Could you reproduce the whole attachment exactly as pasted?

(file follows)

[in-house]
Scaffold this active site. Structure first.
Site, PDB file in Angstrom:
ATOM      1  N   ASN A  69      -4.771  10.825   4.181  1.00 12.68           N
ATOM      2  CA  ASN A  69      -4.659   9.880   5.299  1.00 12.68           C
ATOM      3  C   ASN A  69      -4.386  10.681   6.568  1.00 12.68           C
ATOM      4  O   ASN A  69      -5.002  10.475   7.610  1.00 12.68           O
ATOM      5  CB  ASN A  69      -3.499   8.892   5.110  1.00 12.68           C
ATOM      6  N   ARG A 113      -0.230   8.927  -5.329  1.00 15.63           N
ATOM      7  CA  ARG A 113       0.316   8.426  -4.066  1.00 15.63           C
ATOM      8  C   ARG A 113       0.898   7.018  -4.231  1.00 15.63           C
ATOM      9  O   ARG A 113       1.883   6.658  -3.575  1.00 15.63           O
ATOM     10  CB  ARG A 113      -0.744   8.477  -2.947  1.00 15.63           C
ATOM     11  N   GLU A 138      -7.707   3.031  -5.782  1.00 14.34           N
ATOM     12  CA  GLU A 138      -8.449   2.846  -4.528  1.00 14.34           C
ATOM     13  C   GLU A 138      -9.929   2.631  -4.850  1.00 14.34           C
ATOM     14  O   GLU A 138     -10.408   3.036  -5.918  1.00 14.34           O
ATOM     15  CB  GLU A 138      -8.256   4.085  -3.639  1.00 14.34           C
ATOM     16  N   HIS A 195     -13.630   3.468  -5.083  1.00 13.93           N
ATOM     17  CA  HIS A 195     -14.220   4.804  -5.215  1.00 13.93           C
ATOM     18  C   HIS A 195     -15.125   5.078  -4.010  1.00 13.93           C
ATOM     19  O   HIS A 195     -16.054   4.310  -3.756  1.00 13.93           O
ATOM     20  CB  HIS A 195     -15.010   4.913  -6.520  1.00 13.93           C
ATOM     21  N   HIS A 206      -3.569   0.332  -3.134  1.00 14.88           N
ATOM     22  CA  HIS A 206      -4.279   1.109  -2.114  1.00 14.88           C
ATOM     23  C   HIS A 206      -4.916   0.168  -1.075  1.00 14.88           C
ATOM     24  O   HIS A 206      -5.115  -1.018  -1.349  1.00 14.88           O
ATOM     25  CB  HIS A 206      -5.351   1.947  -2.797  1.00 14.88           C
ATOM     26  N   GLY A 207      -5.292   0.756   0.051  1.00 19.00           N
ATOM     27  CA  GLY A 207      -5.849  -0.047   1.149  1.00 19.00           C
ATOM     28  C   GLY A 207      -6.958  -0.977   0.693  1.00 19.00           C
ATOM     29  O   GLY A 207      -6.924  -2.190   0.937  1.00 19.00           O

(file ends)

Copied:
[in-house]
Scaffold this active site. Structure first.
Site, PDB file in Angstrom:
ATOM      1  N   ASN A  69      -4.771  10.825   4.181  1.00 12.68           N
ATOM      2  CA  ASN A  69      -4.659   9.880   5.299  1.00 12.68           C
ATOM      3  C   ASN A  69      -4.386  10.681   6.568  1.00 12.68           C
ATOM      4  O   ASN A  69      -5.002  10.475   7.610  1.00 12.68           O
ATOM      5  CB  ASN A  69      -3.499   8.892   5.110  1.00 12.68           C
ATOM      6  N   ARG A 113      -0.230   8.927  -5.329  1.00 15.63           N
ATOM      7  CA  ARG A 113       0.316   8.426  -4.066  1.00 15.63           C
ATOM      8  C   ARG A 113       0.898   7.018  -4.231  1.00 15.63           C
ATOM      9  O   ARG A 113       1.883   6.658  -3.575  1.00 15.63           O
ATOM     10  CB  ARG A 113      -0.744   8.477  -2.947  1.00 15.63           C
ATOM     11  N   GLU A 138      -7.707   3.031  -5.782  1.00 14.34           N
ATOM     12  CA  GLU A 138      -8.449   2.846  -4.528  1.00 14.34           C
ATOM     13  C   GLU A 138      -9.929   2.631  -4.850  1.00 14.34           C
ATOM     14  O   GLU A 138     -10.408   3.036  -5.918  1.00 14.34           O
ATOM     15  CB  GLU A 138      -8.256   4.085  -3.639  1.00 14.34           C
ATOM     16  N   HIS A 195     -13.630   3.468  -5.083  1.00 13.93           N
ATOM     17  CA  HIS A 195     -14.220   4.804  -5.215  1.00 13.93           C
ATOM     18  C   HIS A 195     -15.125   5.078  -4.010  1.00 13.93           C
ATOM     19  O   HIS A 195     -16.054   4.310  -3.756  1.00 13.93           O
ATOM     20  CB  HIS A 195     -15.010   4.913  -6.520  1.00 13.93           C
ATOM     21  N   HIS A 206      -3.569   0.332  -3.134  1.00 14.88           N
ATOM     22  CA  HIS A 206      -4.279   1.109  -2.114  1.00 14.88           C
ATOM     23  C   HIS A 206      -4.916   0.168  -1.075  1.00 14.88           C
ATOM     24  O   HIS A 206      -5.115  -1.018  -1.349  1.00 14.88           O
ATOM     25  CB  HIS A 206      -5.351   1.947  -2.797  1.00 14.88           C
ATOM     26  N   GLY A 207      -5.292   0.756   0.051  1.00 19.00           N
ATOM     27  CA  GLY A 207      -5.849  -0.047   1.149  1.00 19.00           C
ATOM     28  C   GLY A 207      -6.958  -0.977   0.693  1.00 19.00           C
ATOM     29  O   GLY A 207      -6.924  -2.190   0.937  1.00 19.00           O